This semester, I’m coteaching a graduate/advanced-undergraduate level course in biostatistics and experimental design. This is my lecture on how to present statistical results, when writing up a study. It’s a topic I’ve written about before, and what I presented in class draws on several older blog posts here at Scientist Sees Squirrel. However, I thought it would be useful to pull this together into a single (longish) post, with my slides to illustrate it. If you’d like to use any of these slides, here’s the Powerpoint – licensed CC BY-NC 4.0.
(Portuguese translation here, for those who prefer.)
How should you present statistical results, in a scientific paper?
Image: Unicorn fresco by Domenichino (1581-1641), in the Palazzo Farnese, Rome, via wikimedia.org
Sometimes, thinking about science, I make odd connections. Often, they seem odd when I first make them, but then I learn something important from them and wonder why I’d never made them before. A good example cropped up the other day, when I realized that a peculiar feature of the scientific naming of organisms connects, via some simple statistics, to the difficulty of cancer screening, to reproducibility, and to the burden of proof for surprising claims. Curious? Here goes. Continue reading
Photo: Lazy red panda CC 0 via pxhere.com
I’ve just published a paper that had some trouble getting through peer review. Nothing terribly unusual about that, of course, and the paper is better for its birthing pains. But one reviewer comment (made independently, actually, by several different reviewers) really bugged me. It revealed some fuzzy thinking that’s all too common amongst ecologists, having to do with the value of quick-and-dirty methods. Quick-and-dirty methods deserve more respect. I’ll explain using my particular paper as an example, first, and then provide a general analysis. Continue reading
Every now and again, you see a critique of a manuscript that brings you up short and makes you go “Huh”.
A student of mine defended her thesis a while ago, and one of her examiners commented on one of her chapters that “the Results section is too short”*. Huh, I said. Huh.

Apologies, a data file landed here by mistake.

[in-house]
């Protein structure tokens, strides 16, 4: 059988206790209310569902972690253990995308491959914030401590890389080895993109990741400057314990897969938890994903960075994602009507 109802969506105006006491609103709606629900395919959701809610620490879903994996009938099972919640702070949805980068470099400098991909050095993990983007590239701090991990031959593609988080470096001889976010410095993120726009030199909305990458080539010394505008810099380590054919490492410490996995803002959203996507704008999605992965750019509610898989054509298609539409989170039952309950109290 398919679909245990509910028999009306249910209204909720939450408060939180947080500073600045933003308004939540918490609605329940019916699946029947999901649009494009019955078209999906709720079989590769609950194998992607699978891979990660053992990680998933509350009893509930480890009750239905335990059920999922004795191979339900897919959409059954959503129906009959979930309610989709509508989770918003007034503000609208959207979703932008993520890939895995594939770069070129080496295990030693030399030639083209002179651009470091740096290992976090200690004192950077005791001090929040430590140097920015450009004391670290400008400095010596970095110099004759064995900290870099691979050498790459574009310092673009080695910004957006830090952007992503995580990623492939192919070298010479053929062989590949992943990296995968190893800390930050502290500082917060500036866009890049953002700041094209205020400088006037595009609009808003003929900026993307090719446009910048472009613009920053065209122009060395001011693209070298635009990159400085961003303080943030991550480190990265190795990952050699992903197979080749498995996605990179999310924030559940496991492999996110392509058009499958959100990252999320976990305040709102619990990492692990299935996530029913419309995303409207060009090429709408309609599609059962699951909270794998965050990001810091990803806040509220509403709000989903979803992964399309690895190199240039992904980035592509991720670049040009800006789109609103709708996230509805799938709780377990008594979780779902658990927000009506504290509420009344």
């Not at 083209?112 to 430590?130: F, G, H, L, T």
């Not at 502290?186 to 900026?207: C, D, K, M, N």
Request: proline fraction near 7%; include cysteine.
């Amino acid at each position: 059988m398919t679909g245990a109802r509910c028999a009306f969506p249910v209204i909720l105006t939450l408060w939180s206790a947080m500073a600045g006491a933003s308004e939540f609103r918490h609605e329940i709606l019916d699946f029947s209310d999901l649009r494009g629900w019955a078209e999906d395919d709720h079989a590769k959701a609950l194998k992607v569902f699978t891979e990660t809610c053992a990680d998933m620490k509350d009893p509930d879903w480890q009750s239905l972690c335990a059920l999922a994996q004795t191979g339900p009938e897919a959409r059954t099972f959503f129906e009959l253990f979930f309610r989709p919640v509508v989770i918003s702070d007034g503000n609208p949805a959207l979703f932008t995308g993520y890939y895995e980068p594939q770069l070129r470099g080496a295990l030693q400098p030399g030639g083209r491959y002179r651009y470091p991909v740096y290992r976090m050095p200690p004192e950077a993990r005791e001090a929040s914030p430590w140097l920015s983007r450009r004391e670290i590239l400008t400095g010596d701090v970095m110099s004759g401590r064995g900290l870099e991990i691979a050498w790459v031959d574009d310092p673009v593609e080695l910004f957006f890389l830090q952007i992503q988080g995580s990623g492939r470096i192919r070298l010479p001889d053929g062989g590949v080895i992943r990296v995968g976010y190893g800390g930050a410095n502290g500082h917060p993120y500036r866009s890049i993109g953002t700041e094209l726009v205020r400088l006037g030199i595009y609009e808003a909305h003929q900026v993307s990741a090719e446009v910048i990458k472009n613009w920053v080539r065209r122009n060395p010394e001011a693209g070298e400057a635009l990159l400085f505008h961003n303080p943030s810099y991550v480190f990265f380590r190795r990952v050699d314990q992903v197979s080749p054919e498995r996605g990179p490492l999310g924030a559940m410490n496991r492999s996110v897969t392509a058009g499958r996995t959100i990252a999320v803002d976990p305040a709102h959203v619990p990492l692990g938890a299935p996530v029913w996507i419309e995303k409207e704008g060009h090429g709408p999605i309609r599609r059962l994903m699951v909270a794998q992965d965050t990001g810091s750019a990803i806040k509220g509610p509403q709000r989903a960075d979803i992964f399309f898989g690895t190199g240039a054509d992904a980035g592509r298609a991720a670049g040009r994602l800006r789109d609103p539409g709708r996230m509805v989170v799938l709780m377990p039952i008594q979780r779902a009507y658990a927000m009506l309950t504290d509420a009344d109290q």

I’m quite used to seeing manuscripts that are too long. Occasionally, I see a manuscript that’s too short. But this complaint was more specific: that the Results section in particular was too short. I’d never heard that one, and I just couldn’t make sense of it. Or at least, not until I realized that it fits in with another phenomenon that I see and hear a lot: the suggestion that nobody should ever, ever do their statistics in Excel. Continue reading
Image: This is what 1300 g (2.8 lb) of basil looks like.
Yesterday (as I write) I bought some basil at my local farmer’s market. Quite a lot of basil, actually – almost 3 pounds of it – because it was my annual pesto-making day*. My favourite vendor sells basil by the stem (at 50¢ each), and I started pulling stems from a large tub. Some stems were quite small, and some were huge, with at least a five-fold difference in size between smallest and largest (and no, I didn’t get to just pick out the huge ones). So how many stems did I need? Or to put it the other way around, given that I bought 49 stems, how many batches of pesto would I be making, and how many cups of walnuts would I need?
My undergrad students – like a lot of biology students – don’t like statistics. Continue reading
Photo: Two giraffes by Vera Kratochvil, released to public domain, via publicdomainpictures.net. Two giraffes are definitely better than one.
Ecologists are perennially angst-ridden about sample size. A lot of our work is logistically difficult, involves observations on large spatial or temporal scales, or involves rare species or unique geographic features. And yet we know that replication is important, and we bend over backwards to achieve it.
Sometimes, I think, too far backward, and this can result in wasted effort. Continue reading
Comic: xkcd #892, by Randall Munroe
For some reason, people seem to love taking shots at null-hypothesis/significance-testing statistics, despite its central place in the logic of scientific inference. This is part of a bigger pattern, I think: it’s fun to be iconoclastic, and the more foundational the icon you’re clasting (yes, I know that’s not really a word), the more fun it is. So the P-value takes more than its share of drubbing, as do decision rules associated with it. The null hypothesis may be the most foundational of all, and sure enough, it also takes abuse.
I hear two complaints about null hypotheses – and I’ve been hearing the same two since I was a grad student. That’s mumble-mumble years listening to the same strange but unkillable misconceptions, and when both popped their heads up again within a week, I gave myself permission to rant about them a little bit. So here goes. Continue reading